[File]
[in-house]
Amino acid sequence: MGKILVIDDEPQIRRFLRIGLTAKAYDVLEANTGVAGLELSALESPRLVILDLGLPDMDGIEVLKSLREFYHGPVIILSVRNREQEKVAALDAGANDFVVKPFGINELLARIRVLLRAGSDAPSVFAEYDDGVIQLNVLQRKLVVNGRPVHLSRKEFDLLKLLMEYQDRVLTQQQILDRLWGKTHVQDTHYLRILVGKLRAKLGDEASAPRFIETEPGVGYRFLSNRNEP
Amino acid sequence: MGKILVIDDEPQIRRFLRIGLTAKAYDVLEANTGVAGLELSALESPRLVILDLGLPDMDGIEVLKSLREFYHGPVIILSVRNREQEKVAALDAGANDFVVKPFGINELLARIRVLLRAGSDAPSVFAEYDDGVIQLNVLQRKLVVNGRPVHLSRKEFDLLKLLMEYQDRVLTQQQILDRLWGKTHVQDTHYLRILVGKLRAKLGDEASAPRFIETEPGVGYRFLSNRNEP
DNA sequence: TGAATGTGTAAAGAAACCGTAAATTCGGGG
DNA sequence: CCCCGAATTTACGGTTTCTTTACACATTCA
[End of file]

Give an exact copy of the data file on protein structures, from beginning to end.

[in-house]
Amino acid sequence: MGKILVIDDEPQIRRFLRIGLTAKAYDVLEANTGVAGLELSALESPRLVILDLGLPDMDGIEVLKSLREFYHGPVIILSVRNREQEKVAALDAGANDFVVKPFGINELLARIRVLLRAGSDAPSVFAEYDDGVIQLNVLQRKLVVNGRPVHLSRKEFDLLKLLMEYQDRVLTQQQILDRLWGKTHVQDTHYLRILVGKLRAKLGDEASAPRFIETEPGVGYRFLSNRNEP
Amino acid sequence: MGKILVIDDEPQIRRFLRIGLTAKAYDVLEANTGVAGLELSALESPRLVILDLGLPDMDGIEVLKSLREFYHGPVIILSVRNREQEKVAALDAGANDFVVKPFGINELLARIRVLLRAGSDAPSVFAEYDDGVIQLNVLQRKLVVNGRPVHLSRKEFDLLKLLMEYQDRVLTQQQILDRLWGKTHVQDTHYLRILVGKLRAKLGDEASAPRFIETEPGVGYRFLSNRNEP
DNA sequence: TGAATGTGTAAAGAAACCGTAAATTCGGGG
DNA sequence: CCCCGAATTTACGGTTTCTTTACACATTCA